# How safe is a digital-TV repeater?

1. May 11, 2012

### logics

I've read safe RF radiation for human in sleep should be below 1$\mu$W/m² and 0.1 for digital pulsating radiation. Is that true?

If the station on a roof has power: 30W
- at what distance radiation is below 0.1 microwatt through a thin wall or at sight?
- through how many storeys can it go?
- is there an effective way to screen it?
Thanks

2. May 11, 2012

### Staff: Mentor

Where did you read that?

3. May 11, 2012

### Staff: Mentor

You have to take into account the radiation pattern of the antenna. Most TV broadcast antennas concentrate the radiation near the horizontal plane so that they don't send a lot of energy uselessly into outer space or straight down to the ground underneath. At least this is true for full-power TV transmitters in the US; low-power repeaters (or "translators" as we call them here) might be more isotropic, but I don't know anything about actual practice.

As a starting point, you can calculate the average intensity at distance r as $P/4 \pi r^2$, but it will probably be greater in the horizontal plane, and less in the vertical direction; and it will be further reduced by building materials.

In general, wood blocks TV/radio signals the least, stone and brick block them more, and metal foil (e.g. some types of inside-wall insulation) or metal mesh (e.g. stucco walls) or plates (metal roofs) block them a lot. I would guess that wood walls might reduce the strength by a factor of 10, stone/brick by 100, metal by 1000 or more.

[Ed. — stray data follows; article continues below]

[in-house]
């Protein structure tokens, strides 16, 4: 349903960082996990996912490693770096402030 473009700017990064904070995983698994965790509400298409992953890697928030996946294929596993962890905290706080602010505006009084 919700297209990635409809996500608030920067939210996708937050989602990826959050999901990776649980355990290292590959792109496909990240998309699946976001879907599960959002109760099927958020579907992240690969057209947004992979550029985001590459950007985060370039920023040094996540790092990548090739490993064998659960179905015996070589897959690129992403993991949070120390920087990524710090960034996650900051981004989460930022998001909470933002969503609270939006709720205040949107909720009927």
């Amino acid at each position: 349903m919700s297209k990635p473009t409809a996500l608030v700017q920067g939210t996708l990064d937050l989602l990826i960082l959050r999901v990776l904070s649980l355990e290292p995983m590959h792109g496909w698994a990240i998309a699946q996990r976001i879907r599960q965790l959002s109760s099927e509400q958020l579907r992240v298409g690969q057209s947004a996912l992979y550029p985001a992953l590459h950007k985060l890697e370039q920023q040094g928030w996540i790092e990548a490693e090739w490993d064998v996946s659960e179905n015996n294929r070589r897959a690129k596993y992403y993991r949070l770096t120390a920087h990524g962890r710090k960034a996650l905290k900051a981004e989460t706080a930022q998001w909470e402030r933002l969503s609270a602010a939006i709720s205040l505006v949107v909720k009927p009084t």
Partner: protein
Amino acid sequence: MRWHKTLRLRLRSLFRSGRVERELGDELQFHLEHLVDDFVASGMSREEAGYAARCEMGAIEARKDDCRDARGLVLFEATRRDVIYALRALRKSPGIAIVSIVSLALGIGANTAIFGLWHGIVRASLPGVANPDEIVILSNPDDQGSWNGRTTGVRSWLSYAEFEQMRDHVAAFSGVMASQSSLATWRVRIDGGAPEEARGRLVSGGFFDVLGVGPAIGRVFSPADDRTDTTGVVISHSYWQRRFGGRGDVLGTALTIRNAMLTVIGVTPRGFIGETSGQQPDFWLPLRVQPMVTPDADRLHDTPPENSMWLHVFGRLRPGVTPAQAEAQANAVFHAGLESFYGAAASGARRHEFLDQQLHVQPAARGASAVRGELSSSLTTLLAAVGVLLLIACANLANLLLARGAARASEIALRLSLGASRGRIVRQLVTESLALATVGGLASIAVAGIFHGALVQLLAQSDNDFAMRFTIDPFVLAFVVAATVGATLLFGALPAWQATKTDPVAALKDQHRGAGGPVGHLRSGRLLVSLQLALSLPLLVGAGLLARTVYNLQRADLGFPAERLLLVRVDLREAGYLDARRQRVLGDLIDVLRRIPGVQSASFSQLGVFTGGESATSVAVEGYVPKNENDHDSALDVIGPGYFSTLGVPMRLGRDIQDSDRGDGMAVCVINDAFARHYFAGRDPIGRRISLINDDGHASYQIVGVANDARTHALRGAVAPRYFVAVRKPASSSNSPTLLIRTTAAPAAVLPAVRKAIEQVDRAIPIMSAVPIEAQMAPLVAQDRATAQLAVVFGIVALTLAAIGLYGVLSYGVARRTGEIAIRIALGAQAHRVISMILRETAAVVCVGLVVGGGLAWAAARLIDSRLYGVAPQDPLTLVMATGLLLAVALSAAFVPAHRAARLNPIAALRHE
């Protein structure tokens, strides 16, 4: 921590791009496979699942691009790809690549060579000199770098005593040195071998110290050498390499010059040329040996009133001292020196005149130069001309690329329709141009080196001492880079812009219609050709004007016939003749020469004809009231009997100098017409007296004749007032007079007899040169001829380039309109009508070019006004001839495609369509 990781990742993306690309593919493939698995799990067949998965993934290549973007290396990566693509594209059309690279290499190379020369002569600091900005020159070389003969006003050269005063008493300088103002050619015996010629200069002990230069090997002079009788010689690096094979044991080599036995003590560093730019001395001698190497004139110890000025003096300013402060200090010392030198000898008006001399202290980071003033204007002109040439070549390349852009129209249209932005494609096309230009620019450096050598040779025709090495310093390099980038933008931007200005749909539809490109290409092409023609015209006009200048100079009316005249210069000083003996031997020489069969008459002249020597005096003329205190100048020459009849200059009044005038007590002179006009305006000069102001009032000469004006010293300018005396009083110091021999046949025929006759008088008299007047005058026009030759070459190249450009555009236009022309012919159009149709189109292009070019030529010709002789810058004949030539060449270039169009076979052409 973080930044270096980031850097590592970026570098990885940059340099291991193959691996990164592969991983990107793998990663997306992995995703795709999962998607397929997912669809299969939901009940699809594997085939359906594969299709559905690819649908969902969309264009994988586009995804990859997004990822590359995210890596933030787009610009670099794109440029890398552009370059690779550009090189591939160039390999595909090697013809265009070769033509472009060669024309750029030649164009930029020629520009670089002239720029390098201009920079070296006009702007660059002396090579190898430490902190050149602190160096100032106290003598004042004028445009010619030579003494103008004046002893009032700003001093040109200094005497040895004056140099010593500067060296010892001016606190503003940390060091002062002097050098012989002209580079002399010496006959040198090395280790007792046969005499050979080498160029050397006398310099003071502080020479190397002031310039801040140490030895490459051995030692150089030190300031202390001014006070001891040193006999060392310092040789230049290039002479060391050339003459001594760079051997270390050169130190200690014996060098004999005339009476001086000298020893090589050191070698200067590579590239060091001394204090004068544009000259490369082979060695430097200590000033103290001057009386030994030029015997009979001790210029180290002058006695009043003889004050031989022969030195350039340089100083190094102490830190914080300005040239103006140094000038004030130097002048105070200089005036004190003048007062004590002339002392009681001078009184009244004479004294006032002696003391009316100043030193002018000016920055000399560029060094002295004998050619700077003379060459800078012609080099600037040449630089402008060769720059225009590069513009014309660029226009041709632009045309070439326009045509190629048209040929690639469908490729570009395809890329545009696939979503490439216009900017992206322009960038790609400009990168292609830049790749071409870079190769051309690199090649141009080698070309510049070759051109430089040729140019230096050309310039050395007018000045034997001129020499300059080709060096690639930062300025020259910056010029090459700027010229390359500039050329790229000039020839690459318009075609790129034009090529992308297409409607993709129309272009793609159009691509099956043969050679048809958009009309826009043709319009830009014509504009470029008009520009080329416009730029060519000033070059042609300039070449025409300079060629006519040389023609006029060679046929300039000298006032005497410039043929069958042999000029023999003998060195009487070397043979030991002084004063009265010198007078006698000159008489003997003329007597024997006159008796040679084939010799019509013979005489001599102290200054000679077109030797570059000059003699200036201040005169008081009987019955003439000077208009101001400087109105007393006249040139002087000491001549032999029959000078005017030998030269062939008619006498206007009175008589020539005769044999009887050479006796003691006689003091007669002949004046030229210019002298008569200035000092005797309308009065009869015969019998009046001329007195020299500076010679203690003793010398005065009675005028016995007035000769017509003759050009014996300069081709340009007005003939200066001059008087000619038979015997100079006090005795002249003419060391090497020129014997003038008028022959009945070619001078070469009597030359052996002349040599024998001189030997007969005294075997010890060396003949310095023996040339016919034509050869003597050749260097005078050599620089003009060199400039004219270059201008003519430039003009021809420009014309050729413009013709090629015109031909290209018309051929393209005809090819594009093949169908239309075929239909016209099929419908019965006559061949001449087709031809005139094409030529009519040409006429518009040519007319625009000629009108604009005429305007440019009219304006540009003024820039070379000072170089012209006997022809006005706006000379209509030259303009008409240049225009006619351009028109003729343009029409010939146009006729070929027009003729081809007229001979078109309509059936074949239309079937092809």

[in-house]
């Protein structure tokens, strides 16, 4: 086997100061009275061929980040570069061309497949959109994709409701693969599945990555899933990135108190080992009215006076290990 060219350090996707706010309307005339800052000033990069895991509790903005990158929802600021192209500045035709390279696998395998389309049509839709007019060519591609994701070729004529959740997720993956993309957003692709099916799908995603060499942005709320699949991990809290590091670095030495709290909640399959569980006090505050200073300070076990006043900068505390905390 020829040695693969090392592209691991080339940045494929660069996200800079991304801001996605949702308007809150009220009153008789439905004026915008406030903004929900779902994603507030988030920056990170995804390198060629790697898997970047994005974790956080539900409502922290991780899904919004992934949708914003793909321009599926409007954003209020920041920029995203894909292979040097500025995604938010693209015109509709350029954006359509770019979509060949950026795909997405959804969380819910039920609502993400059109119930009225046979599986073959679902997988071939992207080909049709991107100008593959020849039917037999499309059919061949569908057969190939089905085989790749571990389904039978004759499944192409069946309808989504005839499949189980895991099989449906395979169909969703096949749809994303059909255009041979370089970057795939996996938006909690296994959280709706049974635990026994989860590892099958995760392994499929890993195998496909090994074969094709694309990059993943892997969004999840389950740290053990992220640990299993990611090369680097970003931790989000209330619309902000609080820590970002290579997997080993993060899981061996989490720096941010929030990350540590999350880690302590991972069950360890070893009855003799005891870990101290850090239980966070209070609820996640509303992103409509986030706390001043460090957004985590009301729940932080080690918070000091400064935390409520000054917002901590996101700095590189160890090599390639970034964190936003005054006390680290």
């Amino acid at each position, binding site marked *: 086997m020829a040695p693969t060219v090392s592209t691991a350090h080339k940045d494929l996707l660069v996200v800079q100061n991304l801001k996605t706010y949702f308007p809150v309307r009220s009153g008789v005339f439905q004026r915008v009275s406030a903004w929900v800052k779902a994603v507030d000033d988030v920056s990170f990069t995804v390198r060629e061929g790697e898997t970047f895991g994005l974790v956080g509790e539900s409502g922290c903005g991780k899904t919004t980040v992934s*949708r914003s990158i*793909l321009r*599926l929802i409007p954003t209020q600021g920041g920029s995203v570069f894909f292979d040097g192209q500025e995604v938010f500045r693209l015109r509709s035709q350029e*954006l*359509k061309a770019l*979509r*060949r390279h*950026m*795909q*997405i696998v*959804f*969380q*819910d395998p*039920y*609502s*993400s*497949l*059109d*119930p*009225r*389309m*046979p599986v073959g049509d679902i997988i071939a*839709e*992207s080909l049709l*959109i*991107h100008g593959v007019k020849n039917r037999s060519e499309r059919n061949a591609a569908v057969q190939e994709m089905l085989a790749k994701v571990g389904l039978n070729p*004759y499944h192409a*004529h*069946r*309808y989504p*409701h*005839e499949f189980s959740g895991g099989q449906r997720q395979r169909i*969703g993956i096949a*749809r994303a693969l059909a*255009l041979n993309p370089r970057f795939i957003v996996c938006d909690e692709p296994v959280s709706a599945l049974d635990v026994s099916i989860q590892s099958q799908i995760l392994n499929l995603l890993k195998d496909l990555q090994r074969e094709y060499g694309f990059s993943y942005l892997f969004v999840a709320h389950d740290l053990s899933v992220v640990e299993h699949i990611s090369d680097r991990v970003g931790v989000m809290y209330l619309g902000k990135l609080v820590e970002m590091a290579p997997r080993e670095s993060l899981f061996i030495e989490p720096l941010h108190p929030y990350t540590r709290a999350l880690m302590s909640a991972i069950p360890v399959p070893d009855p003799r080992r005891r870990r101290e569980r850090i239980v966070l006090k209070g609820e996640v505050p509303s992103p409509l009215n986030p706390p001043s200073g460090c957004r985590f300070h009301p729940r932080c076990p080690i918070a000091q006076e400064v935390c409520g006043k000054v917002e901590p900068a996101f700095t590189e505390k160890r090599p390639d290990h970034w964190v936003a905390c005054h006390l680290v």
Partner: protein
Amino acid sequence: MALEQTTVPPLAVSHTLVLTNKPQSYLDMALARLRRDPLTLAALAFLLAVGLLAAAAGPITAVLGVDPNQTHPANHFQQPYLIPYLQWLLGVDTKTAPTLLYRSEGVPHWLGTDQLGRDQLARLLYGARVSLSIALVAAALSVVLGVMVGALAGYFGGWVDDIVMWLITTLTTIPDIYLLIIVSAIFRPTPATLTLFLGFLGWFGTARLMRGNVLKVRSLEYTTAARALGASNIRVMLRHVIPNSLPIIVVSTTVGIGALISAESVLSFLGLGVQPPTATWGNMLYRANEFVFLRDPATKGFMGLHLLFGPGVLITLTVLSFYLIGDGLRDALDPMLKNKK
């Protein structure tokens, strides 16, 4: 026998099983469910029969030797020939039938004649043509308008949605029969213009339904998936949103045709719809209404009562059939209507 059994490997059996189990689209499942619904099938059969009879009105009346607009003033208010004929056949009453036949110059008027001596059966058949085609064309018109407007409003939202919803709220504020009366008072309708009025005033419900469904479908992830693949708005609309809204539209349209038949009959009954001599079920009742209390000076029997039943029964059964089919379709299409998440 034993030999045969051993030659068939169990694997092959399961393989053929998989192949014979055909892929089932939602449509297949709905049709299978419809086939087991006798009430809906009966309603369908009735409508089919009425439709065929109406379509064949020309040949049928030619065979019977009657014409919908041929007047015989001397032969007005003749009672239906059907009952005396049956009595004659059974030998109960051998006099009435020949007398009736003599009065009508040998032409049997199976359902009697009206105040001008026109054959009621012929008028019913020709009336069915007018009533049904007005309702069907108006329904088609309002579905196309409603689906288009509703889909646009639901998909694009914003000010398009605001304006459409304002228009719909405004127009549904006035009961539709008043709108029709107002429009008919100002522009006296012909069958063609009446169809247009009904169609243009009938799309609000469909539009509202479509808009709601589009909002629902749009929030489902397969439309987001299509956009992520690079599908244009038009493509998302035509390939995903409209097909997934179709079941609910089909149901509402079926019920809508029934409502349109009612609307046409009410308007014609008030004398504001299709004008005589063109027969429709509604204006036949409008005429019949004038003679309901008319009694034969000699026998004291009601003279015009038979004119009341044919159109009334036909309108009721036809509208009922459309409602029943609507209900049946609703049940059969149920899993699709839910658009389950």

Also, I wouldn't think of digital TV signals as "pulsating." The binary data is not represented as a simple on-off switching of the signal, but instead as a complicated phase modulation. In the US, most digital TV transmitters actually emit less power than the analog transmitters that they replaced a few years ago, because the digital encoding allows good reception with a lower signal strength at the receiving antenna.

Last edited: May 11, 2012
4. May 11, 2012

### logics

... the station is about 100 meter from my window more or less on the horizontal plane (maybe a few yards above), can you find out the field strength?
Does that kind of RF pass through a wall?

Last edited: May 11, 2012
5. May 11, 2012

### Staff: Mentor

It has to be able to go through walls, at least partially, so people can use indoor TV antennas.

(I added some more stuff to my preceding post while you were posting yours.)

6. May 11, 2012

### logics

The walls are not stone nor bricks, but flimsy porous calcareous material, then put in a large window, can you make a rough general estimate if I get more than 1 microwatt, altogether (if it is not pulsating) ?
Thanks a lot, jitbell
Isn't it advisable to do some kind of screening, anyway? how, aluminim Venetian blinds, or what?

7. May 11, 2012

### Staff: Mentor

Are you sure there's no metal inside the walls? In the western USA, "stucco" construction is rather common, in which the walls are basically plastered over a wire mesh (like what we call "chicken wire") with some wood or metal support posts. People who live in such houses usually find it very difficult to get good TV reception with an indoor antenna, and have to mount an antenna outdoors on the roof.

As for the window, metal blinds would block the signal a lot, even if they're thin strips that let a lot of light through. Also, glass with very thin metal coatings for energy efficiency (what we call "low-E" windows) often also block a lot of RF.

8. May 11, 2012

### logics

I'm sure, here only the pilasters on the 4 corners are ferro-concrete and in between just blocks of porous calcareous material.
Can you now give me your verdict, can I (and the children) survive , or should we move?

If I had to use chicken wire, what is the most effective size to block those frequencies?

Last edited: May 11, 2012
9. May 11, 2012

### DragonPetter